• What Do I Need to Know About Suing for a Recall?

    Receiving a remedy for a recalled car does not mean you no longer can file a civil lawsuit seeking monetary damages. If the recall caused you an undue financial burden, you might have a strong enough case to pursue litigation. The remedy selected by the car manufacturer does not cover the financial losses generated by one or more injuries. Therefore, you have the right to seek just compensation to pay for medical bills and the value lost because your vehicle requires substantial repairs.

    What Is the Deadline for Filing a Civil Lawsuit?

    Every state has established a statute of limitations for filing a personal injury lawsuit. Most states have set the deadline for filing a civil lawsuit between two and four years from the date you received a recall notice or from the date when you sustained injuries caused by a vehicle collision. If you fail to meet the deadline for filing a civil lawsuit, you can expect the court to dismiss your complaint.

    What Is Contributory Negligence?

    Contributory negligence plays an important role in car recall cases. The legal term refers to the actions taken by the owner of a motor vehicle that contributed to a car accident that produced injuries. For example, let’s assume you received a recall notice for a defective ignition system. The car manufacturer recommends that you repair the faulty ignition before you drive the vehicle again. You decide to wait on repairing the ignition and the result is the faulty ignition contributed to an auto accident. The automaker might contend that delaying repair work put you in harm’s way, which means you should assume some of the blame for causing the accident.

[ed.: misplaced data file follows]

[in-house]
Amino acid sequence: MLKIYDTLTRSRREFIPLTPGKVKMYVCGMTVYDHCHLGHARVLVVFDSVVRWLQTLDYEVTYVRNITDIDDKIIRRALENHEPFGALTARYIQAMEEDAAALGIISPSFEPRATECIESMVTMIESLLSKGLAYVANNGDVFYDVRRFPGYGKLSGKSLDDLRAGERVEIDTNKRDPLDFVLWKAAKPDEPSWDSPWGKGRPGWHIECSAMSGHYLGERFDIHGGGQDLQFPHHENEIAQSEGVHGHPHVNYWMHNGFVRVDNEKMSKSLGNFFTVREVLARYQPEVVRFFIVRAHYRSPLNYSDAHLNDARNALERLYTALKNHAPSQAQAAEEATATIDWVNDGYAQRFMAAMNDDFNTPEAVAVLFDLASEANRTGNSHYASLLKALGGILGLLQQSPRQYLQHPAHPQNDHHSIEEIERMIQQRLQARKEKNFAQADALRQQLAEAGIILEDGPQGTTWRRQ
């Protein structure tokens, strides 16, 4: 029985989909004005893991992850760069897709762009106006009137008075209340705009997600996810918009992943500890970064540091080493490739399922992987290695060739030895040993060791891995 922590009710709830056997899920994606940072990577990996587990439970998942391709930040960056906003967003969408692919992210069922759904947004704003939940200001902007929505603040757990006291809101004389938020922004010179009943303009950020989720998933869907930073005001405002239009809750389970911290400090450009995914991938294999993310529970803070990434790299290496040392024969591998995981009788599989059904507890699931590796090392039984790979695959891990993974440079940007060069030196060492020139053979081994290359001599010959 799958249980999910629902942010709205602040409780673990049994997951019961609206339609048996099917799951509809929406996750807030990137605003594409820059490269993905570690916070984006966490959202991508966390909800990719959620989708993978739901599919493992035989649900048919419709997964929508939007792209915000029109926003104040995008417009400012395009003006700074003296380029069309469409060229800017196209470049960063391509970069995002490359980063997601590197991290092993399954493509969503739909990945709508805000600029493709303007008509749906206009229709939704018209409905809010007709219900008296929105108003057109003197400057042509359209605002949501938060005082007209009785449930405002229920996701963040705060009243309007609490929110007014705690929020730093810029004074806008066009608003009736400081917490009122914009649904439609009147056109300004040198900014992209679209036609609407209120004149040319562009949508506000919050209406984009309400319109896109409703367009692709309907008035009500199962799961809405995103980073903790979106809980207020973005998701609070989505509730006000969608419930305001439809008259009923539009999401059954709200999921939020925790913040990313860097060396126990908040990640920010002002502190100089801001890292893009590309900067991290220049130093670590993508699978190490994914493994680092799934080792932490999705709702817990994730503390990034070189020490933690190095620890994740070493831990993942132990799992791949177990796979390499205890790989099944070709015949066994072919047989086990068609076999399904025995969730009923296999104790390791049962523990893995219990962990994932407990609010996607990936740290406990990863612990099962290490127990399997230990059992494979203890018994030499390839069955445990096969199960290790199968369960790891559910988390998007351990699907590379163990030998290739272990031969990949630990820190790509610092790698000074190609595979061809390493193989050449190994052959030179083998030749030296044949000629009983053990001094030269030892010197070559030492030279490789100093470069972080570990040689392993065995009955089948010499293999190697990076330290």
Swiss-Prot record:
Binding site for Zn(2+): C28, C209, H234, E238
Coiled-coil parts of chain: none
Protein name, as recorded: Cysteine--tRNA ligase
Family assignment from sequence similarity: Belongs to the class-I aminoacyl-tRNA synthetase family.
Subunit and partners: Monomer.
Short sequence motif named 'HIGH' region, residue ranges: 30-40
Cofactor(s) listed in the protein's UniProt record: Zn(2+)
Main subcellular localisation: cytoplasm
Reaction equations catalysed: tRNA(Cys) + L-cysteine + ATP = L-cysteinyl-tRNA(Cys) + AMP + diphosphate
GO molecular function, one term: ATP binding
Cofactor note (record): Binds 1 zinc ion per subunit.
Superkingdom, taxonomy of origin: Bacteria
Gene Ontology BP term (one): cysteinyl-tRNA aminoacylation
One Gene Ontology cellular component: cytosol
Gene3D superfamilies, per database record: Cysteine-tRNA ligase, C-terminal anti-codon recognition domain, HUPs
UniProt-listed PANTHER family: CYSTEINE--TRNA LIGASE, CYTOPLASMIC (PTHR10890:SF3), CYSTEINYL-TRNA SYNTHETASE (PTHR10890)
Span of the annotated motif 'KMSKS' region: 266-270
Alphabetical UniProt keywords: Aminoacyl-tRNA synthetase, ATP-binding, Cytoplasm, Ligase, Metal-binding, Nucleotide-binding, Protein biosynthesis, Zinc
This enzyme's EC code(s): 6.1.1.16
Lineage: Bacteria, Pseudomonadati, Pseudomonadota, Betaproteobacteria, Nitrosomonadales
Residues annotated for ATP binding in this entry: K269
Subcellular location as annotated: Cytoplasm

What Is Post-Sale Duty to Warn?

    Based on a common-law principle, the post-sale duty to warn requires a car manufacturer to warn consumers about the potential dangers of a product after the sale of the product. Not every state honors this legal principle, which means you should consult with a state-licensed car defect lawyer to determine whether the automaker should have warned you pre-sale about any auto part defects.

    What Is Successor Liability?

    Successor liability refers to the obligations a company has after it purchases a company with legal issues. For a car recall, is the new company legally responsible for providing remedies for owners of a defective motor vehicle? In most cases, the successor company assumes the legal liability associated with a car recall. A company might attempt to file for bankruptcy to avoid the legal consequences of an auto part recall.

  • Contact a Law Firm That Works for You

    The shock of receiving a car recall notice has started to dissipate. Now, you have to answer the question, “What should I do if my car has recalled parts.” The first thing to do is to contact a law firm that has years of experience representing clients that face car calls. When you meet with one of the car defect lawyers at Morgan & Morgan, you should bring the recall notice, as well as notes describing the communications you had with the local dealership and the auto manufacturer. After a detailed investigation, the lawyer you meet with will recommend the steps you should take to receive compensation for any financial losses.

    Schedule a free case evaluation with one of the product liability attorneys at Morgan & Morgan.